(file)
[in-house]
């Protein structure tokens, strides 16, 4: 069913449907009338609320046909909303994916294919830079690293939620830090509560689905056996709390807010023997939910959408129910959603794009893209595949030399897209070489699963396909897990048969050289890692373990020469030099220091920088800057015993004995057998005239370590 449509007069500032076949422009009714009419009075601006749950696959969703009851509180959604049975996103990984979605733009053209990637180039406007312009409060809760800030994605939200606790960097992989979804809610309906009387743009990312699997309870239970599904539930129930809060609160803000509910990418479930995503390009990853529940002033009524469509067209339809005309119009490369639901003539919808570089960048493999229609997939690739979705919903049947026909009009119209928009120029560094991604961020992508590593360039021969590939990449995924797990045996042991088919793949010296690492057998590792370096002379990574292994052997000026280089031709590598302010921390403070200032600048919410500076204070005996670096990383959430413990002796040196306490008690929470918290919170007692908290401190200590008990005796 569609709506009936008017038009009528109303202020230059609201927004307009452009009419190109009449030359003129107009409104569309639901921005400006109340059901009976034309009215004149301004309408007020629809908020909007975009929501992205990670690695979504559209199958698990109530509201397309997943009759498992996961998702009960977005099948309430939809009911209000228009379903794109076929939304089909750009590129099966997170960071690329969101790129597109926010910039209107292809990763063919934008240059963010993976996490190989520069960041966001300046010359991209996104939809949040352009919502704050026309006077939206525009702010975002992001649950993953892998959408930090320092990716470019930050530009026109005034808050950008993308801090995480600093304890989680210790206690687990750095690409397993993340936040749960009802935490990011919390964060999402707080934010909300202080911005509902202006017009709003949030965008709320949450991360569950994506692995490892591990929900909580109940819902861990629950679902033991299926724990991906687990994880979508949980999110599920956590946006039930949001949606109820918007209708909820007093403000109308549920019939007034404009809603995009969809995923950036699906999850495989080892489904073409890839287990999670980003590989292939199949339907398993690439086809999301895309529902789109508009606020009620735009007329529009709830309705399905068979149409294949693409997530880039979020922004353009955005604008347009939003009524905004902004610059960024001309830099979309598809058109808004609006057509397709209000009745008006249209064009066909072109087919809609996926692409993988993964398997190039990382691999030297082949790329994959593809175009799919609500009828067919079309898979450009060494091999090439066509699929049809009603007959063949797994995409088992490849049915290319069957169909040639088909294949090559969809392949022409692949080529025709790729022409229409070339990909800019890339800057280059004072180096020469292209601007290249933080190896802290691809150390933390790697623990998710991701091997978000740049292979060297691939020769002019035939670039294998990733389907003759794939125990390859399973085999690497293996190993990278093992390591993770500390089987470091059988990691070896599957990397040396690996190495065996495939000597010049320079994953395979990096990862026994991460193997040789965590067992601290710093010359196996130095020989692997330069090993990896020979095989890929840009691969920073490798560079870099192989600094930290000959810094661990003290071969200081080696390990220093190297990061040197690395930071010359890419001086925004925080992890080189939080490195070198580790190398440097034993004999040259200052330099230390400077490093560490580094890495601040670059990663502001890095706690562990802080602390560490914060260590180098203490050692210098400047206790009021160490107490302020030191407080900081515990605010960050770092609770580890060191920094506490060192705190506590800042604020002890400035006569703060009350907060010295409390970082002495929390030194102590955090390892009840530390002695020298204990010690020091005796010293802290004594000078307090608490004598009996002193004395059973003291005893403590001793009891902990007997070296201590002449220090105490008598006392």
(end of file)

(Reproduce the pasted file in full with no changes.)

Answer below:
[in-house]
């Protein structure tokens, strides 16, 4: 069913449907009338609320046909909303994916294919830079690293939620830090509560689905056996709390807010023997939910959408129910959603794009893209595949030399897209070489699963396909897990048969050289890692373990020469030099220091920088800057015993004995057998005239370590 449509007069500032076949422009009714009419009075601006749950696959969703009851509180959604049975996103990984979605733009053209990637180039406007312009409060809760800030994605939200606790960097992989979804809610309906009387743009990312699997309870239970599904539930129930809060609160803000509910990418479930995503390009990853529940002033009524469509067209339809005309119009490369639901003539919808570089960048493999229609997939690739979705919903049947026909009009119209928009120029560094991604961020992508590593360039021969590939990449995924797990045996042991088919793949010296690492057998590792370096002379990574292994052997000026280089031709590598302010921390403070200032600048919410500076204070005996670096990383959430413990002796040196306490008690929470918290919170007692908290401190200590008990005796 569609709506009936008017038009009528109303202020230059609201927004307009452009009419190109009449030359003129107009409104569309639901921005400006109340059901009976034309009215004149301004309408007020629809908020909007975009929501992205990670690695979504559209199958698990109530509201397309997943009759498992996961998702009960977005099948309430939809009911209000228009379903794109076929939304089909750009590129099966997170960071690329969101790129597109926010910039209107292809990763063919934008240059963010993976996490190989520069960041966001300046010359991209996104939809949040352009919502704050026309006077939206525009702010975002992001649950993953892998959408930090320092990716470019930050530009026109005034808050950008993308801090995480600093304890989680210790206690687990750095690409397993993340936040749960009802935490990011919390964060999402707080934010909300202080911005509902202006017009709003949030965008709320949450991360569950994506692995490892591990929900909580109940819902861990629950679902033991299926724990991906687990994880979508949980999110599920956590946006039930949001949606109820918007209708909820007093403000109308549920019939007034404009809603995009969809995923950036699906999850495989080892489904073409890839287990999670980003590989292939199949339907398993690439086809999301895309529902789109508009606020009620735009007329529009709830309705399905068979149409294949693409997530880039979020922004353009955005604008347009939003009524905004902004610059960024001309830099979309598809058109808004609006057509397709209000009745008006249209064009066909072109087919809609996926692409993988993964398997190039990382691999030297082949790329994959593809175009799919609500009828067919079309898979450009060494091999090439066509699929049809009603007959063949797994995409088992490849049915290319069957169909040639088909294949090559969809392949022409692949080529025709790729022409229409070339990909800019890339800057280059004072180096020469292209601007290249933080190896802290691809150390933390790697623990998710991701091997978000740049292979060297691939020769002019035939670039294998990733389907003759794939125990390859399973085999690497293996190993990278093992390591993770500390089987470091059988990691070896599957990397040396690996190495065996495939000597010049320079994953395979990096990862026994991460193997040789965590067992601290710093010359196996130095020989692997330069090993990896020979095989890929840009691969920073490798560079870099192989600094930290000959810094661990003290071969200081080696390990220093190297990061040197690395930071010359890419001086925004925080992890080189939080490195070198580790190398440097034993004999040259200052330099230390400077490093560490580094890495601040670059990663502001890095706690562990802080602390560490914060260590180098203490050692210098400047206790009021160490107490302020030191407080900081515990605010960050770092609770580890060191920094506490060192705190506590800042604020002890400035006569703060009350907060010295409390970082002495929390030194102590955090390892009840530390002695020298204990010690020091005796010293802290004594000078307090608490004598009996002193004395059973003291005893403590001793009891902990007997070296201590002449220090105490008598006392």